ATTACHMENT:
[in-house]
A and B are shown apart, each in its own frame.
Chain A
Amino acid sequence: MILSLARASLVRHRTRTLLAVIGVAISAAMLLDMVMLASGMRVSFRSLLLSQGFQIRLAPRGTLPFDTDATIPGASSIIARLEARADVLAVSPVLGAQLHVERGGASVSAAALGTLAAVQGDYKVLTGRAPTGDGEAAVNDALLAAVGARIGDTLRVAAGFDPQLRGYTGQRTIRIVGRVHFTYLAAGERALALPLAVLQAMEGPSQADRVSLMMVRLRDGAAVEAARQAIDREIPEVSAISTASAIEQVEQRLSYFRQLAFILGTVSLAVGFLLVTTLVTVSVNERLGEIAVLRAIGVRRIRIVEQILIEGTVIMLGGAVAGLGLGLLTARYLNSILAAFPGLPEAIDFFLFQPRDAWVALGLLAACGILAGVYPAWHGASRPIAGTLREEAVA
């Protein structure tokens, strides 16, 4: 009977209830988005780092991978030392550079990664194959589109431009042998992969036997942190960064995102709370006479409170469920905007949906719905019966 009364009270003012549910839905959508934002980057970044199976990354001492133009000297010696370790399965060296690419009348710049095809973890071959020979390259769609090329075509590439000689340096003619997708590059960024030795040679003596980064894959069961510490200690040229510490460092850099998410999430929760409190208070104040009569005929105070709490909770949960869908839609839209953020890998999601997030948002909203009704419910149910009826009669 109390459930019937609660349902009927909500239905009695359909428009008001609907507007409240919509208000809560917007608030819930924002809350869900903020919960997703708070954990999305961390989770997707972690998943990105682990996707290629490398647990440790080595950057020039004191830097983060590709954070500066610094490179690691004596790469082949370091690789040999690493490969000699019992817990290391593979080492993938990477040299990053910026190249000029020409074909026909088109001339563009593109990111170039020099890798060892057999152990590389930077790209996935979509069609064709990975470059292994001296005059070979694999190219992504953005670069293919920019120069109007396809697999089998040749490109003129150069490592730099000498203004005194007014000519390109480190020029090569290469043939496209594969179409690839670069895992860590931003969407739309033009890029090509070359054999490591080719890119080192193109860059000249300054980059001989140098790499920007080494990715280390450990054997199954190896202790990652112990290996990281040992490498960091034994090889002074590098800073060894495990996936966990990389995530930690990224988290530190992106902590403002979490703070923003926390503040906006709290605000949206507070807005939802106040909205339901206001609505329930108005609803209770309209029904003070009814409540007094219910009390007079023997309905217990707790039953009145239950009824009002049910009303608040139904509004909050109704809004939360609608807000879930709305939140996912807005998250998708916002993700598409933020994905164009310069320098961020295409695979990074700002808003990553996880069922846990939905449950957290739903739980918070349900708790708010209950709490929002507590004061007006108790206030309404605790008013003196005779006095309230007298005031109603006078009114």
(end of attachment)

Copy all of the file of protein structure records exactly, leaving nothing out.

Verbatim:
[in-house]
A and B are shown apart, each in its own frame.
Chain A
Amino acid sequence: MILSLARASLVRHRTRTLLAVIGVAISAAMLLDMVMLASGMRVSFRSLLLSQGFQIRLAPRGTLPFDTDATIPGASSIIARLEARADVLAVSPVLGAQLHVERGGASVSAAALGTLAAVQGDYKVLTGRAPTGDGEAAVNDALLAAVGARIGDTLRVAAGFDPQLRGYTGQRTIRIVGRVHFTYLAAGERALALPLAVLQAMEGPSQADRVSLMMVRLRDGAAVEAARQAIDREIPEVSAISTASAIEQVEQRLSYFRQLAFILGTVSLAVGFLLVTTLVTVSVNERLGEIAVLRAIGVRRIRIVEQILIEGTVIMLGGAVAGLGLGLLTARYLNSILAAFPGLPEAIDFFLFQPRDAWVALGLLAACGILAGVYPAWHGASRPIAGTLREEAVA
């Protein structure tokens, strides 16, 4: 009977209830988005780092991978030392550079990664194959589109431009042998992969036997942190960064995102709370006479409170469920905007949906719905019966 009364009270003012549910839905959508934002980057970044199976990354001492133009000297010696370790399965060296690419009348710049095809973890071959020979390259769609090329075509590439000689340096003619997708590059960024030795040679003596980064894959069961510490200690040229510490460092850099998410999430929760409190208070104040009569005929105070709490909770949960869908839609839209953020890998999601997030948002909203009704419910149910009826009669 109390459930019937609660349902009927909500239905009695359909428009008001609907507007409240919509208000809560917007608030819930924002809350869900903020919960997703708070954990999305961390989770997707972690998943990105682990996707290629490398647990440790080595950057020039004191830097983060590709954070500066610094490179690691004596790469082949370091690789040999690493490969000699019992817990290391593979080492993938990477040299990053910026190249000029020409074909026909088109001339563009593109990111170039020099890798060892057999152990590389930077790209996935979509069609064709990975470059292994001296005059070979694999190219992504953005670069293919920019120069109007396809697999089998040749490109003129150069490592730099000498203004005194007014000519390109480190020029090569290469043939496209594969179409690839670069895992860590931003969407739309033009890029090509070359054999490591080719890119080192193109860059000249300054980059001989140098790499920007080494990715280390450990054997199954190896202790990652112990290996990281040992490498960091034994090889002074590098800073060894495990996936966990990389995530930690990224988290530190992106902590403002979490703070923003926390503040906006709290605000949206507070807005939802106040909205339901206001609505329930108005609803209770309209029904003070009814409540007094219910009390007079023997309905217990707790039953009145239950009824009002049910009303608040139904509004909050109704809004939360609608807000879930709305939140996912807005998250998708916002993700598409933020994905164009310069320098961020295409695979990074700002808003990553996880069922846990939905449950957290739903739980918070349900708790708010209950709490929002507590004061007006108790206030309404605790008013003196005779006095309230007298005031109603006078009114």